Every week the New Yorker seems to leave my very favorite article from their issue off the site for everyone but subscribers (which is fine for me, as a subscriber, but annoying when I want to link to it). Last week it was most definitely the piece by Rachel Mead on twin poets Matthew and Michael Dickman. Generally the piece goes through their history and discusses how interesting it is that they’ve developed styles that are almost polar opposites of each other.
While reading I ended up underlining two small sections, not because of their poetry, but rather their general insight into the world. The first is a comment on good writing and avoiding cliche. Michael and Matthew are critiquing each other’s work and Matthew points out that the phrase “beat the shit” and specifically the word “shit”, “Has too much resonance with other poems of yours.”
In the next paragraph Michael is working through a poem of Matthew’s that describes “a late-night encounter with a pretty idiotic girl.” It’s described like this, “The woman sitting next to me calls her Summer / and keeps touching her lips / and scratching her thigh / and ordering a martini / and talking about history.”
“‘The hem of her dress’ — that’s sort of like the ‘beat the shit out of’ in my poem. I was just reading this interview with Mark Strand, and he says you should be very suspect of clusters of words. If a cluster of words comes at you, it was probably written by someone else, and if it wasn’t written by someone else it was probably already written by you.”
Which immediately took me back to some writing tips I try to adhere to. First, avoid cliche whenever possible. This is roughly the same thing as Michael was saying to Matthew, just put a little more bluntly. Rather than relying on another writer’s words to explain your idea, try using your own. I’m not always successful with this one, but I at least try to keep it in mind. The other comes from The Elements of Style and is about getting to the point. Under the heading of “Omit needless words.” Strunk explains:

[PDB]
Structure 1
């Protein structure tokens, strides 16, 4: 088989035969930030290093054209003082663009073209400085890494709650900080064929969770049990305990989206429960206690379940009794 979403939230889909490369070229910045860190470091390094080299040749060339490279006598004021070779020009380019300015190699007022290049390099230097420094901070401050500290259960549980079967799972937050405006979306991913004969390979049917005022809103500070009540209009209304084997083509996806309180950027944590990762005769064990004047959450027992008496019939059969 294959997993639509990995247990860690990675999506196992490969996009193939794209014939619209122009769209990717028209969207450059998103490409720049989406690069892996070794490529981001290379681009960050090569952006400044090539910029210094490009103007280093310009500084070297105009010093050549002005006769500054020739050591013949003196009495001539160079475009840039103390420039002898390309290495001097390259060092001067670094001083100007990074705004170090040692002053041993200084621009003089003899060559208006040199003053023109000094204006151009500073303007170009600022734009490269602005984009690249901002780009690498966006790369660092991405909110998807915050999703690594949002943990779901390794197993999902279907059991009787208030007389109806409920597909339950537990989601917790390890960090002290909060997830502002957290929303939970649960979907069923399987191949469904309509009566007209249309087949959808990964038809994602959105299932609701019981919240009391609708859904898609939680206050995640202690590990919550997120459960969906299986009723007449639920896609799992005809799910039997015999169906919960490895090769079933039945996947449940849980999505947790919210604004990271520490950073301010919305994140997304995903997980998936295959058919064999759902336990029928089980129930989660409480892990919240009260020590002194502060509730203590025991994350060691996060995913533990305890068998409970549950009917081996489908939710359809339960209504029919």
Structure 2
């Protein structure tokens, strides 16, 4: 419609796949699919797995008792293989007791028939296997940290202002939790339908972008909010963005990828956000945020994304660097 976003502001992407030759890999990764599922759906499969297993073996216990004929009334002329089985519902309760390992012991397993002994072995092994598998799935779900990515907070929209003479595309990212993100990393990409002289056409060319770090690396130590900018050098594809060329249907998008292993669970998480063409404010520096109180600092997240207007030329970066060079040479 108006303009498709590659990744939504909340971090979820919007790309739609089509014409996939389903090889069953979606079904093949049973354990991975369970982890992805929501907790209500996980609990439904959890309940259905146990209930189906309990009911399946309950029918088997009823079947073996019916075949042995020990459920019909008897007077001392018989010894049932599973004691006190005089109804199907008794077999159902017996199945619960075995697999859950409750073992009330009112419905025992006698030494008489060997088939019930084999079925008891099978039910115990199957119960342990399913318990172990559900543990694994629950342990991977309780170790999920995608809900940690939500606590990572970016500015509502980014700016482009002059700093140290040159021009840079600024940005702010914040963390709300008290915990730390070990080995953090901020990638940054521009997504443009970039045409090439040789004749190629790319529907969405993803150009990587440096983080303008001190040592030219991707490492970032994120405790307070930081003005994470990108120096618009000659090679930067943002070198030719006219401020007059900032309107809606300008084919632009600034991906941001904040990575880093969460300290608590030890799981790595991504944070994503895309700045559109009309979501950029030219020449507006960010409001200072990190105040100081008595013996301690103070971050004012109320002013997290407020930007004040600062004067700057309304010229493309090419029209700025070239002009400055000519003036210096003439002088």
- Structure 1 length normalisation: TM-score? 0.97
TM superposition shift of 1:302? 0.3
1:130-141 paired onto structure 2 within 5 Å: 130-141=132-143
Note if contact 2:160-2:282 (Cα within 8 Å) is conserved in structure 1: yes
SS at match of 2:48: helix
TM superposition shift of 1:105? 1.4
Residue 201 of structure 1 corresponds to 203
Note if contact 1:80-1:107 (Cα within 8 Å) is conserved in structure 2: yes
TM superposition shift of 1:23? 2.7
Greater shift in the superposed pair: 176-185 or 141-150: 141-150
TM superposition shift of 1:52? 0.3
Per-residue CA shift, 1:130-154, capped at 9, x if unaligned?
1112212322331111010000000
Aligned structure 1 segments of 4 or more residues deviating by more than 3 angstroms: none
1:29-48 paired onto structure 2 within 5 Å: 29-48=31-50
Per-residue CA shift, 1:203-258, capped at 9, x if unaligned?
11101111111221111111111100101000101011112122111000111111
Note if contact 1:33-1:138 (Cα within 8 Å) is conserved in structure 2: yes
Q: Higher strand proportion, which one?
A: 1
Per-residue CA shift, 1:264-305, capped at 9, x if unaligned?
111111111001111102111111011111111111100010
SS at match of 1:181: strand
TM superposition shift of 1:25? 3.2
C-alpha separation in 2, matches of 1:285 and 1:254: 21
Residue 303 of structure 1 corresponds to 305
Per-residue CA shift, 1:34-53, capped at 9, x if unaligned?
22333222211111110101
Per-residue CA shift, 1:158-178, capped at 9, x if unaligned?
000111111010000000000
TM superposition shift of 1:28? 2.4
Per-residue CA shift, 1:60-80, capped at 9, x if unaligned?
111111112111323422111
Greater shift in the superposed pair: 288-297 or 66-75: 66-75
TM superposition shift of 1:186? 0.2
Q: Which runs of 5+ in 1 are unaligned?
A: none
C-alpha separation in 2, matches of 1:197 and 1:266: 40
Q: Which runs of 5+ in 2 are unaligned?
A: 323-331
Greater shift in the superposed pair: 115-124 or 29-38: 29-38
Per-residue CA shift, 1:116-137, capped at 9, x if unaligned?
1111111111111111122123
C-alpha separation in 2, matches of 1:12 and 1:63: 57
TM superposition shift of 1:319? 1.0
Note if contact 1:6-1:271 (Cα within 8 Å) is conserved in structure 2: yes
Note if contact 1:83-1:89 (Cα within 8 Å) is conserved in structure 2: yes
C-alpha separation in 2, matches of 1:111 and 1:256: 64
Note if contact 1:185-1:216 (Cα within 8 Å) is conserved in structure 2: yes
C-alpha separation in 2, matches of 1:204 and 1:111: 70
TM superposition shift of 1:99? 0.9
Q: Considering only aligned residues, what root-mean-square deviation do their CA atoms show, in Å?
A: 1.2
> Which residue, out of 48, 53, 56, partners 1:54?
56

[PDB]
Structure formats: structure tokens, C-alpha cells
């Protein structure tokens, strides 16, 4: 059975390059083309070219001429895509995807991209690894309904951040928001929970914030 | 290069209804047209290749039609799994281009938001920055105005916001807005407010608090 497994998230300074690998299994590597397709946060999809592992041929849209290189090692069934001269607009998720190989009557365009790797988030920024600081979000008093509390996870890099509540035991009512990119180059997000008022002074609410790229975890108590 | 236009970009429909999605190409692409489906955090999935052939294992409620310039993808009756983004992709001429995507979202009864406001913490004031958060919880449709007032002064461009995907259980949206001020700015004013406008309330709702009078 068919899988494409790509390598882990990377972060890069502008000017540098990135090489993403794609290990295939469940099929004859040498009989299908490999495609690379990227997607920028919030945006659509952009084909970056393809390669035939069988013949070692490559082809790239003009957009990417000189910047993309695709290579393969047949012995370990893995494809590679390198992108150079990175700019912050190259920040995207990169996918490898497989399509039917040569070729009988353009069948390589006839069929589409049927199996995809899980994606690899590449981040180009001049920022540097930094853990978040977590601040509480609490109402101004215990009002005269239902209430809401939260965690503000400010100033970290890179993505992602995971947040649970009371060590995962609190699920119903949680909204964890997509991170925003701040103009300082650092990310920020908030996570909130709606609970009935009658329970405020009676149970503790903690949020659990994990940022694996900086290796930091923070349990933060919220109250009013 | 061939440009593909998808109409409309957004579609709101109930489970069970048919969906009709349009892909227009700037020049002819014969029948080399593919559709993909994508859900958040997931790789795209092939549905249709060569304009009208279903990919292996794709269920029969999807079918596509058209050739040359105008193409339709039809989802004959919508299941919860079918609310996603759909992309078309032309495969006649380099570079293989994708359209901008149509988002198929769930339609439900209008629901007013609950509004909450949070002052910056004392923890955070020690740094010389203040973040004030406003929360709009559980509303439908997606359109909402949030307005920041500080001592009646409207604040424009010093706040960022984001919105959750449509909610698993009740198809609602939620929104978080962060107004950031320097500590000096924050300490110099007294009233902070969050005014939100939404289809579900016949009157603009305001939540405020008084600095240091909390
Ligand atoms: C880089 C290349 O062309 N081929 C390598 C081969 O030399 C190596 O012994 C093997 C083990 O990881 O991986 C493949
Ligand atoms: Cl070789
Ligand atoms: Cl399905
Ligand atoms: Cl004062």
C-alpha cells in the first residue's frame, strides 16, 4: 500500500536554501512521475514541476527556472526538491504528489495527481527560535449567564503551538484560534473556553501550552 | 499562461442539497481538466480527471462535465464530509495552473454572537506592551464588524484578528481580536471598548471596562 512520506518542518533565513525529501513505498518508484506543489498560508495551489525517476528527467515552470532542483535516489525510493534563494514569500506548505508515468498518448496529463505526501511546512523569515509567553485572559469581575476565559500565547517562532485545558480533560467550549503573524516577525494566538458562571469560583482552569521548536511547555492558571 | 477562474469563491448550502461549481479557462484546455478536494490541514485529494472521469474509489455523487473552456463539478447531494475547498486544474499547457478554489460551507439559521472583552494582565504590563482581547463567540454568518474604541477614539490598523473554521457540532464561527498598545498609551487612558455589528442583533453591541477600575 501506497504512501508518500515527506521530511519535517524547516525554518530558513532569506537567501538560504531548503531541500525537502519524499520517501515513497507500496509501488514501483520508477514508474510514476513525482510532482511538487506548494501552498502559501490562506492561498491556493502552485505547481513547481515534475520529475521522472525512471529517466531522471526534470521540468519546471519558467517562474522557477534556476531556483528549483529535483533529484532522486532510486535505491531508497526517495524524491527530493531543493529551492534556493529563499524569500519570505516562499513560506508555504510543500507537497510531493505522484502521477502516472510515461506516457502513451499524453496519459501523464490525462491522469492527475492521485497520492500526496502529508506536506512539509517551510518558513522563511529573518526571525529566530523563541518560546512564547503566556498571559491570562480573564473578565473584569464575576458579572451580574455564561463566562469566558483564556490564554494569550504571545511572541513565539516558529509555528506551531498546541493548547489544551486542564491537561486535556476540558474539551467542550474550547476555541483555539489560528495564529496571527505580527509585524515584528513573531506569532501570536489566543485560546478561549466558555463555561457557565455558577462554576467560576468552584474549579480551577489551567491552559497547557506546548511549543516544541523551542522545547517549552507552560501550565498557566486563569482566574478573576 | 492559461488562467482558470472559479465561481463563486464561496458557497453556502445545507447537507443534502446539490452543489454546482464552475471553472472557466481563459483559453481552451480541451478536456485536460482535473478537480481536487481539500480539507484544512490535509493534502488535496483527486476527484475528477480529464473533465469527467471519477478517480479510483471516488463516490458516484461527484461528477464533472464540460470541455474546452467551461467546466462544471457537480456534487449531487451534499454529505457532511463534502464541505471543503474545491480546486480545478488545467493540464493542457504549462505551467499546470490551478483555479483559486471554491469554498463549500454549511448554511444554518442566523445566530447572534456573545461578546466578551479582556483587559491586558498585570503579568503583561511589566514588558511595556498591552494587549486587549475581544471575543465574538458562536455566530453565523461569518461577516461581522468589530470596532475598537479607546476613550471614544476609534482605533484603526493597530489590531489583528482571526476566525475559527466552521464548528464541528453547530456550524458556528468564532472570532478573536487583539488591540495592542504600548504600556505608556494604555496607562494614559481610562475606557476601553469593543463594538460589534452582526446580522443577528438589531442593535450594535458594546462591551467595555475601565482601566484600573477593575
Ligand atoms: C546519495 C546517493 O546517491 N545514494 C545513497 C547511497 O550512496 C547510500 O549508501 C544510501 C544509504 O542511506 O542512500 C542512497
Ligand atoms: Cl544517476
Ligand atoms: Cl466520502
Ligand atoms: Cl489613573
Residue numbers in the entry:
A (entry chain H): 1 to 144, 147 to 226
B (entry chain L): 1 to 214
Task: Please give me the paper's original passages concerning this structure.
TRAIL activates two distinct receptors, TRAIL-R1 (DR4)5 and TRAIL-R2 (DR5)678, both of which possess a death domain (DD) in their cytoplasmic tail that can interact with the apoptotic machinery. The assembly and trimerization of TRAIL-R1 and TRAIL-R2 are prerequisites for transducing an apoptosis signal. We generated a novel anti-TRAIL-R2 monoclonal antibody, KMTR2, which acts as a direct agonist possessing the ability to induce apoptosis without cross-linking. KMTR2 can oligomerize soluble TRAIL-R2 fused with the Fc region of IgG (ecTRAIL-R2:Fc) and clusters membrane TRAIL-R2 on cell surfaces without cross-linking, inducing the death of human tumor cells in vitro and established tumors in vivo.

Vigourous writing is concise. A sentence should contain no unnecessary words, a paragraph no unnecessary sentences, for the same reason that a drawing should have no unnecessary lines and a machine no unnecessary parts. This requires not that the writer make all sentences short, or avoid all detail and treat subjects only in outline, but that every word tell.
I’m pretty sure this is the biggest issue in writing: People get so precious with their own words that they’re not willing to throw them away and try again (or just trust that the rest of the writing gets the point across).
Okay, now onto the other quote from the article which has nothing to do with writing at all. In talking about the neighborhood Matthew and Michael grew up in, Wendy, their mother, explains, “I didn’t know the changes were going to happen. We had these wonderful neighbors, but I didn’t realize what was there if you went outside our block. I would drive to work, come back, and park my car in the driveway, and I rarely walked anywhere. The boys did a lot of walking, and they were exposed to things that I wasn’t.”
So clearly this one has little to do with writing, but it has lots to do with noticing. I haven’t read any serious amount of Jane Jacobs myself, though I expect she wouldn’t be overly surprised by this quote. Much of life happens from at the street level and your mode of transportation has a huge effect on the way you experience that world.
I always like going to London for this reason (well, sort of this reason). While I walk around New York all the time, much of life happens above you, out of sight. In London, on the other hand, much of business is conducted on the ground level (at least in the Soho area). Getting a peek into businesses is a treat you rarely get to experience around Manhattan, where not much more than lobbies and elevators occupy the ground floor.
Anyway, that’s about it. Really just wanted to share those quotes. Hope you enjoyed.